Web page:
Last Sunday the American Visonary Arts Museum in Baltimore hosted The Annual State of Our Earth Eco Conference. We found out about it that morning - and after getting through a few appointments, we stopped by the AVAM.
When we rolled up, it looked like we were at a Toyota dealership - almost every car on the street was a Prius, with a few other hybrids mixed in. This must be the hallmark of an Eco Conference. And since we weren't sure whether or not we'd get to this event, I didn't bring a camera. Sigh. So the images below were shot with my cell phone. Not exactly up to the usual standards, but hopefully you'll still get the idea of the thing.
Inside there were about a dozen vendor tables with varied local artisan goods, books, fair trade coffee & tea, and information on conservation. Two of my favorite tables were the National Aquarium's and another called Cloud 9.
The Aquarium table had loads of information available on the oceans and fish life, as well as real life steps that everyday people can make to help save the world's waters. You can visit them online and learn more - or take a day and go visit the Aquarium in downtown Baltimore.
On a totally different note was Cloud 9 Raw Chocolate. Nathaniel & I stopped back at this table several times - the samples were delicious. Created by Baltimore local Jennifer Popken, raw chocolate is rich with antioxidants - over 25,200! Jennifer crafts her tasty treats with raw, organic chocolate beans, cacao butter, coconut butter, coconut nectar, sea salt, vanilla, dates and raw seeds & nuts. We were instant fans.
Aside from the trade show tables, though, was the heart of AVAM's Eco Conference: the incredible and varied speakers. With over a dozen to choose from, we were able to sit on only a few. The presenters we heard were Susan Shaw, Marine Toxicologist & Director of the Marine Emvironmental Research Institute; John Racanelli, CEO of the National Aquarium; Shira Kramer, PhD, Epidemiologist; and Dr. Sandra Steingraber, Biologist & Keynote Speaker.
To repeat all the hard-hitting facts they shared would take many, many blogs posts. Plus their research is theirs to put out there, not mine. However, I took a few notes on a few of the more hard-hitting facts:
~ Most people discuss trying to "save the planet" for the sake of the environment. But the reality is that we need to save the environment for the sake of humanity. The Earth has survived four extinction events already, and it will go on whether or not people survive.
~ Many fish are more sustainable dining options than poultry or beef. Try red striped bass, mahi-mahi or catfish for an eco-friendly meal.
~ Taking small steps everyday can help save the environment. Doing things like using cold water for laundry and dishwashers, and selecting biodegradable detergents goes a long way to helping preserve waterways.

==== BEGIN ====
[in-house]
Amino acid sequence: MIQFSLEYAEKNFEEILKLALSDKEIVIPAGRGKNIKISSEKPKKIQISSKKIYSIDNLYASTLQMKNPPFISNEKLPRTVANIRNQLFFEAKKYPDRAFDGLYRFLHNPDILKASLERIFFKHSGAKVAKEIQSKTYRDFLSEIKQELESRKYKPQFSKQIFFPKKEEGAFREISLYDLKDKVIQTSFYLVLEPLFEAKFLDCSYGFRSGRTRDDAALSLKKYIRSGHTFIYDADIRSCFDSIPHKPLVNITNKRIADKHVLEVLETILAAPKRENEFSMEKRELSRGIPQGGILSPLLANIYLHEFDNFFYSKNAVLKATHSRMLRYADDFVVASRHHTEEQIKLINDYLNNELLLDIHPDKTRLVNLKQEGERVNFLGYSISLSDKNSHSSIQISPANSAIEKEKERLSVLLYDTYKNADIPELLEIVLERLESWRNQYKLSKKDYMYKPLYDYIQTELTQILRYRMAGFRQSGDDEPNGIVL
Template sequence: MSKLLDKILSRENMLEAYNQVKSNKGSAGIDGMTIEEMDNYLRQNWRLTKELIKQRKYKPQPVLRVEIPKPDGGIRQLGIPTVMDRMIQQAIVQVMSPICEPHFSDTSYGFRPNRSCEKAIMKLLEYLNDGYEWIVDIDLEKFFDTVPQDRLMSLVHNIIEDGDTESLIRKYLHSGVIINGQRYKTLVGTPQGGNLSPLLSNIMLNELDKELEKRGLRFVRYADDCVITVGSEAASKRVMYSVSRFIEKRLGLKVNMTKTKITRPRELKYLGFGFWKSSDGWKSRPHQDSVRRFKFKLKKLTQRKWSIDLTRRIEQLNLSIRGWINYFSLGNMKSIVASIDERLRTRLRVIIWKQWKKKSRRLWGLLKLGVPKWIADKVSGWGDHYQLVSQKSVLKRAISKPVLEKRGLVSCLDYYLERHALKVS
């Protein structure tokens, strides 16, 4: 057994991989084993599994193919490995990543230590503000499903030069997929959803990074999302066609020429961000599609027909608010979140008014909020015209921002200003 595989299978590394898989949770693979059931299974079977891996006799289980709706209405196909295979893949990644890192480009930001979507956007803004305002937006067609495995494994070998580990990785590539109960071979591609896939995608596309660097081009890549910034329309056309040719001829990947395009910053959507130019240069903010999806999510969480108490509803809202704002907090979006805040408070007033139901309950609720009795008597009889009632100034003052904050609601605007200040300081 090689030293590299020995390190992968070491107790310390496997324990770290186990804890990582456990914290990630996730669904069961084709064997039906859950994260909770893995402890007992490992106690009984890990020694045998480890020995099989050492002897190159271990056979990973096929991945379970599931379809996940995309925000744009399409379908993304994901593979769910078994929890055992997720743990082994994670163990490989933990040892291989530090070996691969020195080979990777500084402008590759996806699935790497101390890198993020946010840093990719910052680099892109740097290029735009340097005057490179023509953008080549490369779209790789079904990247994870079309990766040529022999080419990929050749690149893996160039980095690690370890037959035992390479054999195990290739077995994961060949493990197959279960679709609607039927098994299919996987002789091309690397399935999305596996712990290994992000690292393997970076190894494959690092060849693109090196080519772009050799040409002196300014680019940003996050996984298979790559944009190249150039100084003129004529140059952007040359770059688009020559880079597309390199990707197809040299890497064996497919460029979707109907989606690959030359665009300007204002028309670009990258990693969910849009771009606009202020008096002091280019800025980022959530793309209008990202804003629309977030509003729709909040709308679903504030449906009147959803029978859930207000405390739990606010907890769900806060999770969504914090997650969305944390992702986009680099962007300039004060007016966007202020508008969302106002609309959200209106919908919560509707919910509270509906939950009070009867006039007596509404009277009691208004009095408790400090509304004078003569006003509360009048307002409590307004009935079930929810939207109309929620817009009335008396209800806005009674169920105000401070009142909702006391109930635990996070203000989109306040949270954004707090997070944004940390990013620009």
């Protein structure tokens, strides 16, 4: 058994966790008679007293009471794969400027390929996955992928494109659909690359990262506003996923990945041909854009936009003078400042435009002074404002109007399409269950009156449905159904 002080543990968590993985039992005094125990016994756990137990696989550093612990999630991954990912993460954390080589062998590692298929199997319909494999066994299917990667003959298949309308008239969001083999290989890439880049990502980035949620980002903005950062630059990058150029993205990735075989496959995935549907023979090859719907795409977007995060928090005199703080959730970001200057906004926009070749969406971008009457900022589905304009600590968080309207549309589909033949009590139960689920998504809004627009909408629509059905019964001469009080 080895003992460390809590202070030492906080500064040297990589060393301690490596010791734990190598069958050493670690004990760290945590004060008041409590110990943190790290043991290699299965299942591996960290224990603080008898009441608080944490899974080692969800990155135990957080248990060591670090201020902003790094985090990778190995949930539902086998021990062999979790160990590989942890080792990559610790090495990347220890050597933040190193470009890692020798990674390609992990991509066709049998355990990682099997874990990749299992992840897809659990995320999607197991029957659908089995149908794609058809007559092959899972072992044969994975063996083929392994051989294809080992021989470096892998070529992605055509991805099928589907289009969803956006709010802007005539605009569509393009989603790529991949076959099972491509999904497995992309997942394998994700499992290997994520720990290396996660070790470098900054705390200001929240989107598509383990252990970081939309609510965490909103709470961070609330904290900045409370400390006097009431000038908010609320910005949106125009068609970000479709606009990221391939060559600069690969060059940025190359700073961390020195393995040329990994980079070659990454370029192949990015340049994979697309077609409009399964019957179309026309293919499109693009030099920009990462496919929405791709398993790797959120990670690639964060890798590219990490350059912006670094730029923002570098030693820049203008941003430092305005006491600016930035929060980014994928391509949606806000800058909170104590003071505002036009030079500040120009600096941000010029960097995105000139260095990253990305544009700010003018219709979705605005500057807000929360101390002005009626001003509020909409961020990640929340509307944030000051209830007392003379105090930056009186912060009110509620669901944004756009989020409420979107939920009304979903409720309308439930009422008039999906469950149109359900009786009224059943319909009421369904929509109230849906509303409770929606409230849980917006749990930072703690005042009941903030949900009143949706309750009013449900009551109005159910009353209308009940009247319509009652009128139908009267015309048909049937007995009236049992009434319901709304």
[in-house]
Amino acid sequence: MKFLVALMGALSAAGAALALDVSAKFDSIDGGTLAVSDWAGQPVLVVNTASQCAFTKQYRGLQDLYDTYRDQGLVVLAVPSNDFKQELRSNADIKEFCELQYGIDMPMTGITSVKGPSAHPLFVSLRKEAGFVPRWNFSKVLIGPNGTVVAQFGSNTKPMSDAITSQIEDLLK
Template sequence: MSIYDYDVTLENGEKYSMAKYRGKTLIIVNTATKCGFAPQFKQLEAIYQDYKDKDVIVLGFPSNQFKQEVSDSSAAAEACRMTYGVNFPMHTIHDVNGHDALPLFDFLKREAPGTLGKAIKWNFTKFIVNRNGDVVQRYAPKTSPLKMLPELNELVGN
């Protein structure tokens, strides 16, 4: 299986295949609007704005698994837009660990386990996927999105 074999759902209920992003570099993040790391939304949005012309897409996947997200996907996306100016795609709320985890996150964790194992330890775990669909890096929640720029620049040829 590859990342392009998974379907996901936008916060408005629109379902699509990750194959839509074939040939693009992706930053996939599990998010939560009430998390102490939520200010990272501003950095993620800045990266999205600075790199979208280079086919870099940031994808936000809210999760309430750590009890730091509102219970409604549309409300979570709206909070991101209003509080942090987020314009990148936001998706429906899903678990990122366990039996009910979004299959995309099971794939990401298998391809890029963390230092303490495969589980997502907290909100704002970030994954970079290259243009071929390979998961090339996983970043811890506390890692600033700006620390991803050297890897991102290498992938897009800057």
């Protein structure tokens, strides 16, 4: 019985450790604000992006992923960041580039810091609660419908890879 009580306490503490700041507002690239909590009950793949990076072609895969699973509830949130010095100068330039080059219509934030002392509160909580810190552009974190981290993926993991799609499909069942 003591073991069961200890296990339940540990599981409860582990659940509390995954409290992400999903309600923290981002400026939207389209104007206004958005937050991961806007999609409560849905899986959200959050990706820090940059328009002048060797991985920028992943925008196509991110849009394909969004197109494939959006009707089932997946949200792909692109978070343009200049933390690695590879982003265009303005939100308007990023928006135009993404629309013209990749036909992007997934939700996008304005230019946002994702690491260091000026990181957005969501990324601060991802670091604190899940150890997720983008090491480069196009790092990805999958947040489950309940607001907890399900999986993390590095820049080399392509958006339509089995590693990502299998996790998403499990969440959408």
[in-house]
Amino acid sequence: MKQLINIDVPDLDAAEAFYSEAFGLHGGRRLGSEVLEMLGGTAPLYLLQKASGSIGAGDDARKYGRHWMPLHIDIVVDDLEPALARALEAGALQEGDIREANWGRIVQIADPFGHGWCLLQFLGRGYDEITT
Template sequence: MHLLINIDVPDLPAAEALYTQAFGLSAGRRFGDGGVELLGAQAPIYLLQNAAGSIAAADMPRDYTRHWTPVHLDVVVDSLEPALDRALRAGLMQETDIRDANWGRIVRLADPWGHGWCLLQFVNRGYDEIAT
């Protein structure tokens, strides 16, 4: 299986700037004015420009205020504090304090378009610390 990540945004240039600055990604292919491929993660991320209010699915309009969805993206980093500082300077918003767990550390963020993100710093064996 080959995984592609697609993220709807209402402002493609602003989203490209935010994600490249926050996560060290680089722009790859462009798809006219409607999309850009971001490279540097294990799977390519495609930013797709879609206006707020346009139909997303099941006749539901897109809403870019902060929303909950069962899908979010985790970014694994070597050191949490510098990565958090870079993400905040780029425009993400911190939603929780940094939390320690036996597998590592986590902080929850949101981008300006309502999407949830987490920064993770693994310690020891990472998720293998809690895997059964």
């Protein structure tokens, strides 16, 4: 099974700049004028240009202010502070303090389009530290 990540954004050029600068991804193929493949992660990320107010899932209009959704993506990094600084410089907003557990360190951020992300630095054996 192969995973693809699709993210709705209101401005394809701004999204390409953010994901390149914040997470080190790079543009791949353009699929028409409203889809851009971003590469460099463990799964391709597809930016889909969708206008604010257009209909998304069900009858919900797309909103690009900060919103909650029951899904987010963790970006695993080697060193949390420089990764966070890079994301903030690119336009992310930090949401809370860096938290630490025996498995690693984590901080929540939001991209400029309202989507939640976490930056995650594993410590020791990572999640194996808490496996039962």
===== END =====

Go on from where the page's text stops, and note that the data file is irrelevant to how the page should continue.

~ Stop using plastic bags, plastic ear swabs and plastic water bottles. Do it cold turkey. This step will help make huge strides in saving waterways - thus assuring there will be fresh water for all life on Earth for generations to come.
~ In 1970, humans created 1 million tons of chemical waste; in 2000, humans made 400 million tons of chemical waste.
~ There are just over 100,000 known chemical compounds being made today. The World Health Organization has only tested 900 of those for safety; out of that 900 in the tests, 400 chemical compounds were found to be cancer-causing in humans and animals. To date, that leaves 99,100 chemical untested - but still in daily use in our homes, food, and environment.
~ The effects of various chemicals on human health are multi-generation. Some chemicals can alter human (and animal) genetics forever, almost always for the worst. Effects of these chemicals include childhood/adult cancer, asthma, auto-immune disorders, miscarriage/ birth defects, autism and diabetes. Some of the same chemicals never decompose or go away - once made, they are with us on Earth permanently.
~ Over half of the world's oxygen is made by plants in the ocean: plankton. As the ocean heats up, the plankton dies and there's no more air for mammals to breathe. At the current time, there is 40% less plankton in the ocean than there was 20 years ago. It has been "cooked" to death by the rising ocean temperature.
~ Americans often state that our economy would collapse without fossil fuels - that it was built on fossil fuels. However, the American economy has survived major change before. In its early days, the American economy was built on slavery. Not a proud moment for any of us. However, the economy rebounded and grew strong again - without the use of slaves. Who is to say that an economy built on wind and solar power many not be even better than the current model?
~ The public commonly thinks that fixing the environment will be the next generation's dilemma. But if you are a parent, grandparent, older sister/brother, aunt or uncle - look across the dinner table at the child in front of you. It is that child who you need to take action for. If you don't, it will not be too many years into the future that you will hear them ask: Why didn't you do more? How could you let this happen?
Of course, the message of the day was clear. We all need to personally take responsibility and save the planet for ourselves. Each speaker we heard still had hope, but they all impressed a sense of urgency.
So do what you can. Not because you're a dirty hippie; not for any political reason - do it because you want to have a nice, clean planet to live on.
Be selfish about your planet.